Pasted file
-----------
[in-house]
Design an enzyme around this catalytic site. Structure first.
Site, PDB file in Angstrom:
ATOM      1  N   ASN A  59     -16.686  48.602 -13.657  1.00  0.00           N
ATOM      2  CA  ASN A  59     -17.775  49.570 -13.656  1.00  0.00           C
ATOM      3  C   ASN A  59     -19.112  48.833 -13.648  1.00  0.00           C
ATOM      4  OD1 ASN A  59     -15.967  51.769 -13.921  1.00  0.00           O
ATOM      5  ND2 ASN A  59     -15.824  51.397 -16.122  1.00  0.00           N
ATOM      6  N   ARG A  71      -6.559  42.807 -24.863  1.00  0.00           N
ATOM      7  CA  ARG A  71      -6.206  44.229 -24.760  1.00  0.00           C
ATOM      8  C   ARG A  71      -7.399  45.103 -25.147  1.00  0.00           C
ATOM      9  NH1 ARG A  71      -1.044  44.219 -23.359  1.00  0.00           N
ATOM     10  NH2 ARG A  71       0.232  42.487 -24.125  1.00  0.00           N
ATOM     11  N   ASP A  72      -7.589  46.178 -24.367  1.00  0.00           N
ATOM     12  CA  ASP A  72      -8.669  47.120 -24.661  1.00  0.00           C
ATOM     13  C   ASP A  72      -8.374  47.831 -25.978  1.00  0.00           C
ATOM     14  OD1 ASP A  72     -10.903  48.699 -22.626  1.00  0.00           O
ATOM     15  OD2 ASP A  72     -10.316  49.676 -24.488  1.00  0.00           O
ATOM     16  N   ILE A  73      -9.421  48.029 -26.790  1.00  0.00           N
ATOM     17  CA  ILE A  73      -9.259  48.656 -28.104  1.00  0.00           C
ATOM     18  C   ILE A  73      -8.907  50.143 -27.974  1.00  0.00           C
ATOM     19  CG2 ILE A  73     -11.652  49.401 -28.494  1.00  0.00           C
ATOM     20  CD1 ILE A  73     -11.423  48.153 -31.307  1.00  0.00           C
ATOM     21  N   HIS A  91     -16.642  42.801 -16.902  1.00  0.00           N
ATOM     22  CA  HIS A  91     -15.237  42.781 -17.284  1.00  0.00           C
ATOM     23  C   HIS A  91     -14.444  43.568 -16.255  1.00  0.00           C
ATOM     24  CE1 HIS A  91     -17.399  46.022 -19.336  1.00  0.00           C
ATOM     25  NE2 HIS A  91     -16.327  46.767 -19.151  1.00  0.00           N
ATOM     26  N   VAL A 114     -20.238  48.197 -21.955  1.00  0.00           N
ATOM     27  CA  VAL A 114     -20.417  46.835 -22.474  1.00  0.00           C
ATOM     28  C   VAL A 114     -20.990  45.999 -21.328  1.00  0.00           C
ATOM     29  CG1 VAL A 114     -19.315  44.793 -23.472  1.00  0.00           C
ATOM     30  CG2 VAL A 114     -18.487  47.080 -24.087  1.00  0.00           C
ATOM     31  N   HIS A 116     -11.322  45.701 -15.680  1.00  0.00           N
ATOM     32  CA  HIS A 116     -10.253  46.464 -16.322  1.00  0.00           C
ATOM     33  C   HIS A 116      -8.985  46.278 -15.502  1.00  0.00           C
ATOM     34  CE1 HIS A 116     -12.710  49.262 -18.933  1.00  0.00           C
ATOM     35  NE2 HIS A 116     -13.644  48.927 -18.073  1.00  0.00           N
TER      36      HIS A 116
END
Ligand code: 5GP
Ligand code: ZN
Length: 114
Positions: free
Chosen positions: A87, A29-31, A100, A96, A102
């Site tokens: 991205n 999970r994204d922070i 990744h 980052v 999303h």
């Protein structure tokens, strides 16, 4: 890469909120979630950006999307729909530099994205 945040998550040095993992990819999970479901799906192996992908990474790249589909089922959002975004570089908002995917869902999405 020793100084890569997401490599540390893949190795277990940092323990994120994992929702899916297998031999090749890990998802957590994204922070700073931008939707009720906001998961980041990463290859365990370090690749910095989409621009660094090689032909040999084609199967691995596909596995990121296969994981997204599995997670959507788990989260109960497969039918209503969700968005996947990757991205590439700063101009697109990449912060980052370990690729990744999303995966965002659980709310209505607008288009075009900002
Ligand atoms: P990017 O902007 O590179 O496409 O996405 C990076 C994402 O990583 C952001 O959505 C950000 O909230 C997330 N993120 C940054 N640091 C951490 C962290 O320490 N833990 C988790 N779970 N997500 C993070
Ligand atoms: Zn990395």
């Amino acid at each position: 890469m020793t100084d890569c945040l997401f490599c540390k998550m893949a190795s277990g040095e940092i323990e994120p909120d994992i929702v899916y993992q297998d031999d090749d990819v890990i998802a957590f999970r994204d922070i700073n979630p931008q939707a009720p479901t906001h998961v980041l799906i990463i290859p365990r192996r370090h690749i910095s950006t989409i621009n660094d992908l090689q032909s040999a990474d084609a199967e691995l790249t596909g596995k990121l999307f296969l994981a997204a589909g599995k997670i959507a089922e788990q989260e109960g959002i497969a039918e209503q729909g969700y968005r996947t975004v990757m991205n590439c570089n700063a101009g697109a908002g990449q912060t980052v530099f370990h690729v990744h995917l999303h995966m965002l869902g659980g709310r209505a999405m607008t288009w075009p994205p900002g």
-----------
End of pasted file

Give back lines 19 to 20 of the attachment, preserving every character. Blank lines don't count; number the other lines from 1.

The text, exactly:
ATOM     16  N   ILE A  73      -9.421  48.029 -26.790  1.00  0.00           N
ATOM     17  CA  ILE A  73      -9.259  48.656 -28.104  1.00  0.00           C